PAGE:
A group advocating the rights of migrant farm workers rallied around Essex County on Sunday to shed light on ongoing problems in the farming community.
Chris Ramsaroop, organizer for Justicia for Migrant Farm Workers, led dozens of supporters in vehicles as they toured area farms where temporary foreign workers were said to have died or been injured.
“It’s to highlight some of the injustices workers are facing and also to raise concerns,” Ramsaroop said. “Federal and provincial governments continue to ignore the problems facing the community.”
Since the Seasonal Agricultural Workers Program began in Canada in 1966, migrant workers have reported facing numerous difficulties with working and living conditions. Workers were repatriated for being injured and defending their rights, unable to return to Canada to work, Ramsaroop said.
He added that, through the program, workers do not have access to permanent residency, are tied to a single employer, and lack protections under the Employment Standards Act — all issues that advocates are pressing provincial and federal governments to address. solve.
In Ontario, dozens of temporary foreign workers have died since Ramsaroop began his advocacy work 20 years ago. The exact number is unknown, he said, because various levels of government “have not been disclosed.” In addition, some workers are injured or sick in Canada and are sent back to die in their home counties.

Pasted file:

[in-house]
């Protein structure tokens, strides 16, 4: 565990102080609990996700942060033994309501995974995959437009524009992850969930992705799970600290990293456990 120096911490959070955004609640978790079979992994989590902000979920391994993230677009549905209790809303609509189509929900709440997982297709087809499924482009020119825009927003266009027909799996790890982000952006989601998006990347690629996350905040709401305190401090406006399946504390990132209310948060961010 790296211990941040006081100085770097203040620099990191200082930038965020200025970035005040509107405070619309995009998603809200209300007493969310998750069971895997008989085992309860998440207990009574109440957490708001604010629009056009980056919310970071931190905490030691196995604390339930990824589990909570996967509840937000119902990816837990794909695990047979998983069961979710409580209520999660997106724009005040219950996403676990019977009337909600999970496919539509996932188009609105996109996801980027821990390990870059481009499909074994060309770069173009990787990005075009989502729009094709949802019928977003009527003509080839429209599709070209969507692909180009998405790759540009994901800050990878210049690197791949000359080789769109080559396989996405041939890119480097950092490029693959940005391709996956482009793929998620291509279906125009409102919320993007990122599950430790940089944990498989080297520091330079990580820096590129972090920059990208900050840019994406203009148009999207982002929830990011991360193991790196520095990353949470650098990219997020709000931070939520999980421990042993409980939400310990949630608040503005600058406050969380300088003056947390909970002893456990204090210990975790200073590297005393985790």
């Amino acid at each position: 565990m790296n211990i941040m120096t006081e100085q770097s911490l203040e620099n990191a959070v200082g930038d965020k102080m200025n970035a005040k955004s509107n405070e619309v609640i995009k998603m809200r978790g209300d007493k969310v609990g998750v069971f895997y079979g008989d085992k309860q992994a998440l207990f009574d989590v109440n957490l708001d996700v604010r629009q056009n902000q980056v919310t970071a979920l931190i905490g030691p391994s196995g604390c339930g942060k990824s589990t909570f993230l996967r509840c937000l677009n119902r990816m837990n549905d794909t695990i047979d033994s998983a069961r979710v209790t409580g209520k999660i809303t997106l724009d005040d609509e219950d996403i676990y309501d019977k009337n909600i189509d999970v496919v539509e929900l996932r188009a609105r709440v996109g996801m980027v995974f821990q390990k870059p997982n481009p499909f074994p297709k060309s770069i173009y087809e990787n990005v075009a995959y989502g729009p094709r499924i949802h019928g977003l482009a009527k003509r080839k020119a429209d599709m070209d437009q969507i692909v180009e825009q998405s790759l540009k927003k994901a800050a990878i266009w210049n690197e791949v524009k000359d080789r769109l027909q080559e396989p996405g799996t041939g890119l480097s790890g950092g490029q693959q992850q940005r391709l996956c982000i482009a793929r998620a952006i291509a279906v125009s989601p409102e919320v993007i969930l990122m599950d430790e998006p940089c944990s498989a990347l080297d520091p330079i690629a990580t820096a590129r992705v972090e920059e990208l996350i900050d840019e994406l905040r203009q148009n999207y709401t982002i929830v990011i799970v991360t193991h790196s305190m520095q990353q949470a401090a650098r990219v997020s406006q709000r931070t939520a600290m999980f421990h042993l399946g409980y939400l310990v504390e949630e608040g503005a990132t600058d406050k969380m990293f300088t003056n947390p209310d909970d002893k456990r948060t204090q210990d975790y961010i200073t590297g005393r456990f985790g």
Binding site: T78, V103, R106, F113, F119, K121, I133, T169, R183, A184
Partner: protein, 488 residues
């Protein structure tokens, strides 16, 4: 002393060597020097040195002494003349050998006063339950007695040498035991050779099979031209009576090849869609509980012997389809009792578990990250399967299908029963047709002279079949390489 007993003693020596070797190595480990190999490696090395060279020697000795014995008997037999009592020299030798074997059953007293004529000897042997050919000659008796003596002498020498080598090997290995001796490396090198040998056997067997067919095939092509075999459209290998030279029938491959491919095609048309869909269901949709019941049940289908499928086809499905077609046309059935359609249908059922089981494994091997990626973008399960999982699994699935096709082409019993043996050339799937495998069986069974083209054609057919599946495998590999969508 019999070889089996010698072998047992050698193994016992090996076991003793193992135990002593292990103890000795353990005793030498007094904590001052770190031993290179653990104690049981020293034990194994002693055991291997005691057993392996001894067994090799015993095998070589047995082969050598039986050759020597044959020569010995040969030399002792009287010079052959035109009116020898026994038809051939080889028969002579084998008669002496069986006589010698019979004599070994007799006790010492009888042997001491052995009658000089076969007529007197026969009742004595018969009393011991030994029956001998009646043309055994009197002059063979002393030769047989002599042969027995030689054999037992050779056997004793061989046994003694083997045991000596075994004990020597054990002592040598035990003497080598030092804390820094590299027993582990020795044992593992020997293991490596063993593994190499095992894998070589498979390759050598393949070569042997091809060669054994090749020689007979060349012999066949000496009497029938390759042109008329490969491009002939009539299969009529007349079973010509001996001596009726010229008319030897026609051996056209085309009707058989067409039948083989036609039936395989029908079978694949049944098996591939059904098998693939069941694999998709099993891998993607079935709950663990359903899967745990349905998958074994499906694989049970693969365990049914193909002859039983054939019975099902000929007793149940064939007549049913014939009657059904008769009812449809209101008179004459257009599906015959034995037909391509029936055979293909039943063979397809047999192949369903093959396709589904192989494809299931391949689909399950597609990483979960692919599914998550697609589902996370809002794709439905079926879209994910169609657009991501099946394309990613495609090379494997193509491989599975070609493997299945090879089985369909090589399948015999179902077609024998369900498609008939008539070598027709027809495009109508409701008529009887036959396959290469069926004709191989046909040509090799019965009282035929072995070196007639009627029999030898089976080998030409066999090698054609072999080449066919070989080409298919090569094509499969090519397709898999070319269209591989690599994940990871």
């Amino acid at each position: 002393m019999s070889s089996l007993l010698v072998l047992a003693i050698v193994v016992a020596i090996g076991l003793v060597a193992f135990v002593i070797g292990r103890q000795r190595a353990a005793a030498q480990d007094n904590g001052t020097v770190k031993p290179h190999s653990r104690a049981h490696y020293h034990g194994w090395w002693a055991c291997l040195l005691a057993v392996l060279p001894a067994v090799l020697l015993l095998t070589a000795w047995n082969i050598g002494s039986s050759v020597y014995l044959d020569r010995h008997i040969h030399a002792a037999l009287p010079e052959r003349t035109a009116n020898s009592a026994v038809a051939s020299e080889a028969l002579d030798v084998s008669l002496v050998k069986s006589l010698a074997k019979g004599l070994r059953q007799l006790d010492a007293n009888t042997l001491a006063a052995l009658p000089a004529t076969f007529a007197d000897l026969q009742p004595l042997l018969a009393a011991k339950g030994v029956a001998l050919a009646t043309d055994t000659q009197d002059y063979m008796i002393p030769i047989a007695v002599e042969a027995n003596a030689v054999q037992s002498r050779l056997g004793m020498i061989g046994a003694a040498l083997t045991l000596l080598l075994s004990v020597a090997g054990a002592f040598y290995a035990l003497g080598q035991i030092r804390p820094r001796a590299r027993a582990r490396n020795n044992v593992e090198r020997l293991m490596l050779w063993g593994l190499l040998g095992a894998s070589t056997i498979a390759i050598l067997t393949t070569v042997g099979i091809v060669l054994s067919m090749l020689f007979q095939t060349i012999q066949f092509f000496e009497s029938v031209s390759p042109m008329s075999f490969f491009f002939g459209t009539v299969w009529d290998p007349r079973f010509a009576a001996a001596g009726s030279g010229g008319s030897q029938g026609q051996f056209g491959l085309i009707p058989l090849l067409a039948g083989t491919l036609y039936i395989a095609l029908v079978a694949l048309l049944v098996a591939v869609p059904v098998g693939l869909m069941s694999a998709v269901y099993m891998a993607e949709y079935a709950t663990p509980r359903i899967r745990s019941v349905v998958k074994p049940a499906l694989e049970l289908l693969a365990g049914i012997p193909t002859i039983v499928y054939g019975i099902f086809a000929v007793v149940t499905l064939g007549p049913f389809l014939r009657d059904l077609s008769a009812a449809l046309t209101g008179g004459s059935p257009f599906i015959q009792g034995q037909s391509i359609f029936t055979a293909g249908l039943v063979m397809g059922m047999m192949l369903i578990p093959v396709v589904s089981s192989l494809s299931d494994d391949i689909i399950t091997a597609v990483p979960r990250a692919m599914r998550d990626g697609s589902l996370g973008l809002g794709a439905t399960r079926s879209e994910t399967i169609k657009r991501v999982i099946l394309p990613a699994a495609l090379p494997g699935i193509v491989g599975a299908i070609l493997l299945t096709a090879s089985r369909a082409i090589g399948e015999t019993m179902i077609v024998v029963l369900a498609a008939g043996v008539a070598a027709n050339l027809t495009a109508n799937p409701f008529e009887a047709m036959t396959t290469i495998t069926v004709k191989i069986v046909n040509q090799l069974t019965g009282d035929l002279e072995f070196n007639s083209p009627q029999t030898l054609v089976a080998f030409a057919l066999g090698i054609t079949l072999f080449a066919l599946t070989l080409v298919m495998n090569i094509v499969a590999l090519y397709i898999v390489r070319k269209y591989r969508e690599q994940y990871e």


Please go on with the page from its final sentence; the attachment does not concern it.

Bonifacio Eugenio-Romero and Rogelio Muños Santos, both migrant workers from Mexico, died of COVID-19 in 2020 while working on farms in Essex County. Ramsaroop said that COVID also took the life of local temporary foreign worker Tyrone Lee Jackson a few months ago.
Those gathered who joined the caravan in Leamington included current and former migrant farm workers, some of whom said they were injured on the job. Some traveled from Toronto to support the cause, while others were from Leamington, Kingsville and Windsor.
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The group’s main concern remains the limitation of the work program’s “closed” work permit, meaning workers can only legally work for one employer. Ramsaroop’s group said workers who encounter problems with their initial employer should be allowed to work on a different farm.
Separately, occupational health and safety issues around chemicals and unprotected work at height “remain daily concerns for workers,” Ramsaroop said. “Workers still claim they are being sprayed while working with pesticides.”
“It’s not about abolishing the program. This is not to say that workers should not be able to come to Canada,” he said. “It’s about respecting their contributions to our society and ensuring that they have the right to be equal among us. That means (having) protections at work, just like the rest of us.”